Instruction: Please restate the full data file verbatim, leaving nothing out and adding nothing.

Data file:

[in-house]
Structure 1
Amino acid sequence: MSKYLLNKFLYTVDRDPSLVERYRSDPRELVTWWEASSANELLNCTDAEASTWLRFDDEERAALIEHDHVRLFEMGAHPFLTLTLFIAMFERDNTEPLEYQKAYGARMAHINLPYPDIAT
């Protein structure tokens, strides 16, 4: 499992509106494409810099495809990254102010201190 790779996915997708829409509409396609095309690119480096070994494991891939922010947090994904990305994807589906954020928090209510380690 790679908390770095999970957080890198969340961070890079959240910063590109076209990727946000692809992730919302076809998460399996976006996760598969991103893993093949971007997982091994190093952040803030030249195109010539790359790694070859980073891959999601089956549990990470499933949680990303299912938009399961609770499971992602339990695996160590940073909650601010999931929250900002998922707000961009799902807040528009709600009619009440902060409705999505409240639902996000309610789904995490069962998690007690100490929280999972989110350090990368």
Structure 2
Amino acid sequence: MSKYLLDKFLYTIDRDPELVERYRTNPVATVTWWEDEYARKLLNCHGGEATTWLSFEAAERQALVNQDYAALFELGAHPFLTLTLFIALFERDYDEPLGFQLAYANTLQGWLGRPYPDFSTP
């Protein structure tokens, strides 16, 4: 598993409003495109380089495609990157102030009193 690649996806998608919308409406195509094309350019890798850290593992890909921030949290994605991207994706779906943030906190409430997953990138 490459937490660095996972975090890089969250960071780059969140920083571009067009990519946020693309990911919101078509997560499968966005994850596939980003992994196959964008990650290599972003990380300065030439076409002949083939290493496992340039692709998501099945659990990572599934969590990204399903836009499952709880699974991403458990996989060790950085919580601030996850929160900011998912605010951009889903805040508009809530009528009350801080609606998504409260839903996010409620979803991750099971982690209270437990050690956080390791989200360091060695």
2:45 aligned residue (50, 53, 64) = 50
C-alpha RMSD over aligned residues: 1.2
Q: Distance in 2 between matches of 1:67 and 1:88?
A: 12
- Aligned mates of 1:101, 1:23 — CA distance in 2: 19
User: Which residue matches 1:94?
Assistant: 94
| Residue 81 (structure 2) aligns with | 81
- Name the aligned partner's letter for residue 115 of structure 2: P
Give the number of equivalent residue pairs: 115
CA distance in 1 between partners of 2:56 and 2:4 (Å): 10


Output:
[in-house]
Structure 1
Amino acid sequence: MSKYLLNKFLYTVDRDPSLVERYRSDPRELVTWWEASSANELLNCTDAEASTWLRFDDEERAALIEHDHVRLFEMGAHPFLTLTLFIAMFERDNTEPLEYQKAYGARMAHINLPYPDIAT
């Protein structure tokens, strides 16, 4: 499992509106494409810099495809990254102010201190 790779996915997708829409509409396609095309690119480096070994494991891939922010947090994904990305994807589906954020928090209510380690 790679908390770095999970957080890198969340961070890079959240910063590109076209990727946000692809992730919302076809998460399996976006996760598969991103893993093949971007997982091994190093952040803030030249195109010539790359790694070859980073891959999601089956549990990470499933949680990303299912938009399961609770499971992602339990695996160590940073909650601010999931929250900002998922707000961009799902807040528009709600009619009440902060409705999505409240639902996000309610789904995490069962998690007690100490929280999972989110350090990368």
Structure 2
Amino acid sequence: MSKYLLDKFLYTIDRDPELVERYRTNPVATVTWWEDEYARKLLNCHGGEATTWLSFEAAERQALVNQDYAALFELGAHPFLTLTLFIALFERDYDEPLGFQLAYANTLQGWLGRPYPDFSTP
């Protein structure tokens, strides 16, 4: 598993409003495109380089495609990157102030009193 690649996806998608919308409406195509094309350019890798850290593992890909921030949290994605991207994706779906943030906190409430997953990138 490459937490660095996972975090890089969250960071780059969140920083571009067009990519946020693309990911919101078509997560499968966005994850596939980003992994196959964008990650290599972003990380300065030439076409002949083939290493496992340039692709998501099945659990990572599934969590990204399903836009499952709880699974991403458990996989060790950085919580601030996850929160900011998912605010951009889903805040508009809530009528009350801080609606998504409260839903996010409620979803991750099971982690209270437990050690956080390791989200360091060695």
2:45 aligned residue (50, 53, 64) = 50
C-alpha RMSD over aligned residues: 1.2
Q: Distance in 2 between matches of 1:67 and 1:88?
A: 12
- Aligned mates of 1:101, 1:23 — CA distance in 2: 19
User: Which residue matches 1:94?
Assistant: 94
| Residue 81 (structure 2) aligns with | 81
- Name the aligned partner's letter for residue 115 of structure 2: P
Give the number of equivalent residue pairs: 115
CA distance in 1 between partners of 2:56 and 2:4 (Å): 10